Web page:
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OpEdNews Op Eds    H3'ed 5/11/11

Boehner -- Straddling the Fine Line between Extortion and Negotiation

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Message Patricia Johnson

Speaker of the House John Boehner (R-OH) addressed the Economic Club of New York on May 9, 2011 on several subjects, including the Debt Subject to Limit with the following remark:

"So let me be as clear as I can be. Without significant spending cuts and reforms to reduce our debt, there will be no debt limit increase. And the cuts should be greater than the accompanying increase in debt authority the president is given.

"We should be talking about cuts of trillions, not just billions."

Seems to me, Speaker of the House Boehner's above statement meets my definition of extortion which is abusing one's office or authority to obtain something of value.  I don't see a lot of wiggle room for negotiations in the above statement -- it's sort of "my way or the highway".

Then he added this little tidbit "Nothing is Off the Table Except Raising Taxes"

When are the Republicans going to figure out that the tax cuts, and tax loopholes put into place under the Bush Administration are what put this country in its current economic mess? 

Historically taxes in the US are raised during a period of war for the sole purpose of paying the additional costs associated with war.  Instead of raising taxes to cover the two wars they started in Afghanistan and Iraq, the Republicans reduced the taxes; thereby reducing the amount of revenues going into the U.S. Treasury to support programs, so the national debt was hit with a double whammy -- increased spending and decreased revenues.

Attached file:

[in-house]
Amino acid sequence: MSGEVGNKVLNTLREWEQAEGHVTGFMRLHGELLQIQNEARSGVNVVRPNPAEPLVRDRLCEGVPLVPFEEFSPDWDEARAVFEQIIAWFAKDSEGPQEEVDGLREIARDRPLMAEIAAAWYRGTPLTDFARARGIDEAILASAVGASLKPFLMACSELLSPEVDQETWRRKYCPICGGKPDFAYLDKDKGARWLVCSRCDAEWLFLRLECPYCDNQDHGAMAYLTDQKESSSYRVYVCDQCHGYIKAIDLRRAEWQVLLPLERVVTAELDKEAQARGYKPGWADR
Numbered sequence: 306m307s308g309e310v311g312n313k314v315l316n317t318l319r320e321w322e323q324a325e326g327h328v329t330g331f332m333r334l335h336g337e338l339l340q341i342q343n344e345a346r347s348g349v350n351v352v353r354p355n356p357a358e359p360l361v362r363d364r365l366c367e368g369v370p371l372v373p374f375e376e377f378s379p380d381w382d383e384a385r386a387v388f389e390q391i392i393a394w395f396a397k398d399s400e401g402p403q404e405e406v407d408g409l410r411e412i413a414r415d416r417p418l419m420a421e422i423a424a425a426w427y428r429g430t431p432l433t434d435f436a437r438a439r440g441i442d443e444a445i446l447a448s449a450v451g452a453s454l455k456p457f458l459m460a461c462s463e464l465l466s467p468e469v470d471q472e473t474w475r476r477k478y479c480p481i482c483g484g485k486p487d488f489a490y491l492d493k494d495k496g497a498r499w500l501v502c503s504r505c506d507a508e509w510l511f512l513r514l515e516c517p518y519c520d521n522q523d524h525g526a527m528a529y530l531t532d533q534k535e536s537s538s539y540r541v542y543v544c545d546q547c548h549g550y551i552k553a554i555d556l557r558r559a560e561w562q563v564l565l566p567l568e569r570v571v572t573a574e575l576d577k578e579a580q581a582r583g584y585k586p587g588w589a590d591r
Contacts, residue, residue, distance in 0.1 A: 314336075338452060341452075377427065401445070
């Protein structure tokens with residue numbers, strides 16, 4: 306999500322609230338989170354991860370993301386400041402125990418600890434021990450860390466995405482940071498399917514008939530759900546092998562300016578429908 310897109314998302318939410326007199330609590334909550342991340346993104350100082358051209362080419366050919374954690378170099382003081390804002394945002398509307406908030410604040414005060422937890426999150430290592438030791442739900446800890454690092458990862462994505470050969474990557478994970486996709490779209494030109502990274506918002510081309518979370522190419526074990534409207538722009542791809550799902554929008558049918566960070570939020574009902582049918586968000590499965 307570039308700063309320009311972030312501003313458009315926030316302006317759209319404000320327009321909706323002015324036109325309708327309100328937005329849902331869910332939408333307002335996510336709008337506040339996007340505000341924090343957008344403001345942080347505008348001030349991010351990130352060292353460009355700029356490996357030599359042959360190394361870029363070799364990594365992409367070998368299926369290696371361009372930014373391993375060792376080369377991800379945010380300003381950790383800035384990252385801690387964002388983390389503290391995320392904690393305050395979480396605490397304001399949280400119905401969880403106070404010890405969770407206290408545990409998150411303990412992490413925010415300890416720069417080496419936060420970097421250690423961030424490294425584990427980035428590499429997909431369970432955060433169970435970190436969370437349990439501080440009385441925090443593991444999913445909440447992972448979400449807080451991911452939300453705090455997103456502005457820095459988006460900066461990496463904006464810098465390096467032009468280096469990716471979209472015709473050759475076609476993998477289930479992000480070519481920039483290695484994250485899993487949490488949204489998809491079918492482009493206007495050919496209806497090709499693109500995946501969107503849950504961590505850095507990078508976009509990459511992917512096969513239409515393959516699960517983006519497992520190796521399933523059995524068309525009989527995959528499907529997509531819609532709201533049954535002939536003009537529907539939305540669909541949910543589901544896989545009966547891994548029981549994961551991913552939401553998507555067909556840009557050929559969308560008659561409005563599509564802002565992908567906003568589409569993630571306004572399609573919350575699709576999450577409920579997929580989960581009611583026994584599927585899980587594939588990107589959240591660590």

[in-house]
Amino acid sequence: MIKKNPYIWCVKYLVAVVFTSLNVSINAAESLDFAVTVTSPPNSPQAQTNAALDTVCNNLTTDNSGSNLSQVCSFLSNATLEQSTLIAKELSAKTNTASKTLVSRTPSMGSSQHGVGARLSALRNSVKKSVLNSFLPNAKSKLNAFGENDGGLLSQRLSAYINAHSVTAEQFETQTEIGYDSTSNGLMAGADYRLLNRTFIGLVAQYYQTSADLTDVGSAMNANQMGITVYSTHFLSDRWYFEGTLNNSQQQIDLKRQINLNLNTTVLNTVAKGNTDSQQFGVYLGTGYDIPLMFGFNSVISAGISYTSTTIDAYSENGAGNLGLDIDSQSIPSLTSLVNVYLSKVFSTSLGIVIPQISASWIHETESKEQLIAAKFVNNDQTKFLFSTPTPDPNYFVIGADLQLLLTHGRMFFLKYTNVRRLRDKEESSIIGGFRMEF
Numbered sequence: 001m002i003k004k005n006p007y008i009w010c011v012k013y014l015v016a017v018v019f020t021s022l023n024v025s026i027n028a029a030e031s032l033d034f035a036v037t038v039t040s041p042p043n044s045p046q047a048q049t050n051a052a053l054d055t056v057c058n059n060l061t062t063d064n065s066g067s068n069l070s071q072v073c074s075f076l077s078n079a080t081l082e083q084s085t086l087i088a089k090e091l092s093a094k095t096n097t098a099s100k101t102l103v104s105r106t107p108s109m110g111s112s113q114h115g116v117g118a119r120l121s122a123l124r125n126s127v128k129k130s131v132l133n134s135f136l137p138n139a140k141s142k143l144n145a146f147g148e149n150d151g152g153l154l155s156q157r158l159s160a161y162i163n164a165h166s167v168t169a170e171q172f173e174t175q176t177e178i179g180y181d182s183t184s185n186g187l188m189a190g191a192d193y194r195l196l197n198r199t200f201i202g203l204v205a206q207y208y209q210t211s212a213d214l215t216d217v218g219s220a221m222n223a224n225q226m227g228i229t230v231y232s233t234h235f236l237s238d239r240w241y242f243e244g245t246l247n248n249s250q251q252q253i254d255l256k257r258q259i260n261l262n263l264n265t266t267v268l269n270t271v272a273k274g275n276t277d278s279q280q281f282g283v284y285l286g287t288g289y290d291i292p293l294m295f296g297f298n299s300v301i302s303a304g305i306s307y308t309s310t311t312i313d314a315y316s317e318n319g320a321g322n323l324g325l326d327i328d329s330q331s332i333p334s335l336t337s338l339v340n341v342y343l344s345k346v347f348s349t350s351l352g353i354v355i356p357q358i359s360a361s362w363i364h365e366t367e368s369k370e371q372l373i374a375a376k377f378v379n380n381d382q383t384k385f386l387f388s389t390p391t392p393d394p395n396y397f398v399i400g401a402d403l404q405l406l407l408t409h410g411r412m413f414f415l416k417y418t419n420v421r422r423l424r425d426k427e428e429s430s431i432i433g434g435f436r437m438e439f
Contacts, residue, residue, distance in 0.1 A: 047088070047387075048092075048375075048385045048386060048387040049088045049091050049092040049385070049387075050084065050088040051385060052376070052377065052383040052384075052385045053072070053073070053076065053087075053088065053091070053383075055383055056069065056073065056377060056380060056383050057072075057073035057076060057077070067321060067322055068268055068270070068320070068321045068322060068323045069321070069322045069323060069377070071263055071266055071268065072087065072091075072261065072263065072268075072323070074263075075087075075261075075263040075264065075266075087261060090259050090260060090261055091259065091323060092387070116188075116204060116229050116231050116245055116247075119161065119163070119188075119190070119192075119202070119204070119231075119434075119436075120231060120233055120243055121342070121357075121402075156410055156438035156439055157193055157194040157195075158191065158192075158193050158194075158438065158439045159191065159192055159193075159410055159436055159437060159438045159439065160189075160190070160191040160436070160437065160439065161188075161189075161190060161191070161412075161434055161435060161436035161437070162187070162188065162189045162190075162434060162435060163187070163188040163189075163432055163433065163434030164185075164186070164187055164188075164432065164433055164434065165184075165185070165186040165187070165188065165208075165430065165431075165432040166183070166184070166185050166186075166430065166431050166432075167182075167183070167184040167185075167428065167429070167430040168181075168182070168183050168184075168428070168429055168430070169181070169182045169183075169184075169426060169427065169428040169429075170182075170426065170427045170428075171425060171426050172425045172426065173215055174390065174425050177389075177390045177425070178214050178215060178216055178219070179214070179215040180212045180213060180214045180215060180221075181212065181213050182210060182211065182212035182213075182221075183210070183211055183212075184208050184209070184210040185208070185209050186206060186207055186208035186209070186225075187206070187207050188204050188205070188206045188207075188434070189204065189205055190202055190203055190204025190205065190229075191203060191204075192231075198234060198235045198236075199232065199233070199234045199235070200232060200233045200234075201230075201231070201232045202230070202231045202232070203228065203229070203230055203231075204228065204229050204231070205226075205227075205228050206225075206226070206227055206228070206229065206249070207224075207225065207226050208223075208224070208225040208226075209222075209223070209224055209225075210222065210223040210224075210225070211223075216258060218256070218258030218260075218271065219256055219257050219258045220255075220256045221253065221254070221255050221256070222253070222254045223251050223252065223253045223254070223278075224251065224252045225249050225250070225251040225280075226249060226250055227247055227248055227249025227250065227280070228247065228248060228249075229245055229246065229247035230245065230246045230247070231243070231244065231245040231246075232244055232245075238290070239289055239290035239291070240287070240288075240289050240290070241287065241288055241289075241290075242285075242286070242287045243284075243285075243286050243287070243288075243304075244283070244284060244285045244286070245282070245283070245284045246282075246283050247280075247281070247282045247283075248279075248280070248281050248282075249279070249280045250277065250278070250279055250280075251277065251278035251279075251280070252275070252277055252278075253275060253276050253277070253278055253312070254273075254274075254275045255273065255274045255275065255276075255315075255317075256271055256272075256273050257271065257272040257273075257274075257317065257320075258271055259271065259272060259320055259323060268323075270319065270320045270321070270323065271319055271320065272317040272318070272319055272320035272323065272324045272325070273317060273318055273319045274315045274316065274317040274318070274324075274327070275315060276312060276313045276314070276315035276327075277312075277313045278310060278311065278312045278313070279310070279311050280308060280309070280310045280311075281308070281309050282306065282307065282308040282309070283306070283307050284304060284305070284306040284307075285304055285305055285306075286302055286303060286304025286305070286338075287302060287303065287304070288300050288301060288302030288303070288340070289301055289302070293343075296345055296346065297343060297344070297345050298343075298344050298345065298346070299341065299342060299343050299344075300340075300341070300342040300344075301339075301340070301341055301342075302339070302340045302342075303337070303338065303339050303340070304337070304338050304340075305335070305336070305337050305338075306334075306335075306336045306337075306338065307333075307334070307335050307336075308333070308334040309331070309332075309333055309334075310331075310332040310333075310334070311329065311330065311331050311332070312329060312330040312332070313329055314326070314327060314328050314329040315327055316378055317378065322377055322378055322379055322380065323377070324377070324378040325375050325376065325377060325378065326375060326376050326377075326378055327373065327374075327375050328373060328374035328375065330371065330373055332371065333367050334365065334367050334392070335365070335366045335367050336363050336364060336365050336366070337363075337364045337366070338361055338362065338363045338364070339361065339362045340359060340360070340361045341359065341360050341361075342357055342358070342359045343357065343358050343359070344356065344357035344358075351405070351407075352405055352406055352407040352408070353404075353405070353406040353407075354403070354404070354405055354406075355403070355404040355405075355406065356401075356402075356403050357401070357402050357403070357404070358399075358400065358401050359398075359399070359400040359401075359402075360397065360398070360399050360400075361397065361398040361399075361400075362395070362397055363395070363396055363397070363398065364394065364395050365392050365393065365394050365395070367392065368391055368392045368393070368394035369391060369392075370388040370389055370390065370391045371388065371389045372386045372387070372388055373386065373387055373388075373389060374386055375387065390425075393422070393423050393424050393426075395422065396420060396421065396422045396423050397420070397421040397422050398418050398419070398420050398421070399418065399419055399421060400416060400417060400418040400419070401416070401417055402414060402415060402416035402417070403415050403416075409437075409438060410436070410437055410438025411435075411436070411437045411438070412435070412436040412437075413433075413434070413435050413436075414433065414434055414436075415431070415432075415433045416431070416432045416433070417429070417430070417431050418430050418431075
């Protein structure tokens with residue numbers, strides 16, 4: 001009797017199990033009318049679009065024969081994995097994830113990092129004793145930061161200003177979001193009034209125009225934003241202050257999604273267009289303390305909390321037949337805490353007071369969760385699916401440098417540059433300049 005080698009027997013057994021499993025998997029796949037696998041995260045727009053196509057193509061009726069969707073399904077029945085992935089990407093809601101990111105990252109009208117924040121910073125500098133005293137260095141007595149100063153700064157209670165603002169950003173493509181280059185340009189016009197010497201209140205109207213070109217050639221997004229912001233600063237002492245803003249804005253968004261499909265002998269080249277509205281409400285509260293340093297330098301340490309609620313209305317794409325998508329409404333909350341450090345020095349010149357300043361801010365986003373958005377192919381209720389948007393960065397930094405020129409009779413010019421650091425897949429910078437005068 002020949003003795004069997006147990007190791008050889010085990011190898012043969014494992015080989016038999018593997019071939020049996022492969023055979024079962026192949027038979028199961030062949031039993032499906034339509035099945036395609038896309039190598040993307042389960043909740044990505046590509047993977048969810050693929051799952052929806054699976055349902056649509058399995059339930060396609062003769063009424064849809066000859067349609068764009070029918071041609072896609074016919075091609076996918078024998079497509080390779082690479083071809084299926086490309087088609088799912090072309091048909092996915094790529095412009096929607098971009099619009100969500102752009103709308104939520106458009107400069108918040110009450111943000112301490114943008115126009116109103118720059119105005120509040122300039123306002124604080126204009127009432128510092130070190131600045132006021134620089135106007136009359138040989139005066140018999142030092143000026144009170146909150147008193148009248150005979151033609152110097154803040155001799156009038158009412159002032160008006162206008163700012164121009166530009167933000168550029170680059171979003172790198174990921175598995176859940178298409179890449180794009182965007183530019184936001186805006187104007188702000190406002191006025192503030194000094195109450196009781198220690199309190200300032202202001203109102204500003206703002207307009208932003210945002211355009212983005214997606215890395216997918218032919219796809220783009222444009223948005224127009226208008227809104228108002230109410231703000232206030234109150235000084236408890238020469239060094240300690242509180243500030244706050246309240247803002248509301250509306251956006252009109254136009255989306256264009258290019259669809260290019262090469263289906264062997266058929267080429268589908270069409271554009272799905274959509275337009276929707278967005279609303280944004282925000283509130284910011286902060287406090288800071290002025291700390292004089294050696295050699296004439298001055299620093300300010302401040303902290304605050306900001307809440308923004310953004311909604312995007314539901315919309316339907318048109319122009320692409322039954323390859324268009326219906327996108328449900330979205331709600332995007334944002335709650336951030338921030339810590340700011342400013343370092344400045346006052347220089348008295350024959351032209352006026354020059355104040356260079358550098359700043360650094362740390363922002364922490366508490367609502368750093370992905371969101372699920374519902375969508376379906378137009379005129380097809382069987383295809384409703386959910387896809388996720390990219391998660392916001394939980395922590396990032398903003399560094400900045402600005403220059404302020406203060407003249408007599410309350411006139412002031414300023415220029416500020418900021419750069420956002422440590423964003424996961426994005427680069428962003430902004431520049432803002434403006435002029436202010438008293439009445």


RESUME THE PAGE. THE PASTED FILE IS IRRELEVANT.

They can blame the national debt on the Democrats from now until the end of time and it's not going to change the numbers.

The last debt increase prior to George W. Bush taking office on January 20, 2001 was on August 5, 1997 when the debit limit was raised to $5,950.0. During the eight-years of the Clinton presidency the debit limit was raised a total of $1.805 trillion dollars.

Along came President George W. Bush, under his administration the debt subject to limit was increased seven times as follows: 2002, $450 billion, 2003 $984 billion, 2004 $800 billion, 2005 $781 billion, 2007 $850 billion, 2008 $800 billion and three months later in 2008 $700 billion, for a total increase of $5.365 trillion dollars during his eight-year term.

Federal Debt Limit Increases 1997-2010 by Patricia L Johnson

President Bush left office on January 20, 2009, which is the same day President Barack Obama took office. Less than one month later [February 17, 2009], the debt subject to limit had to be increased once again by $789 billion to $12,104.0 The American Recovery and Investment Act of 2009, P.L. 111-5 was not signed into law until February 17, 2009 so this particular increase was not due to any legislation put in place by the Obama administration.

At the end of December 2009 the debt subject to limit was increased by $290 billion and on February 12, 2010 increased by $1.9 trillion to its current total of $14.294 trillion.

Legislation signed into law during the period from 2001 through 2008 (President George W. Bush) caused a $903 billion dollar deficit for fiscal year 200.] That much of a deficit in one fiscal year creates an ongoing need for increases in the Debt Subject to Limit. Legislative changes by year may be viewed on the following Deficit Chart.

Deficit Changes Due to Legislation by Patricia L Johnson


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Richard E Walrath and Patricia L Johnson are co-owners of the Articles and Answers News and Information sites.

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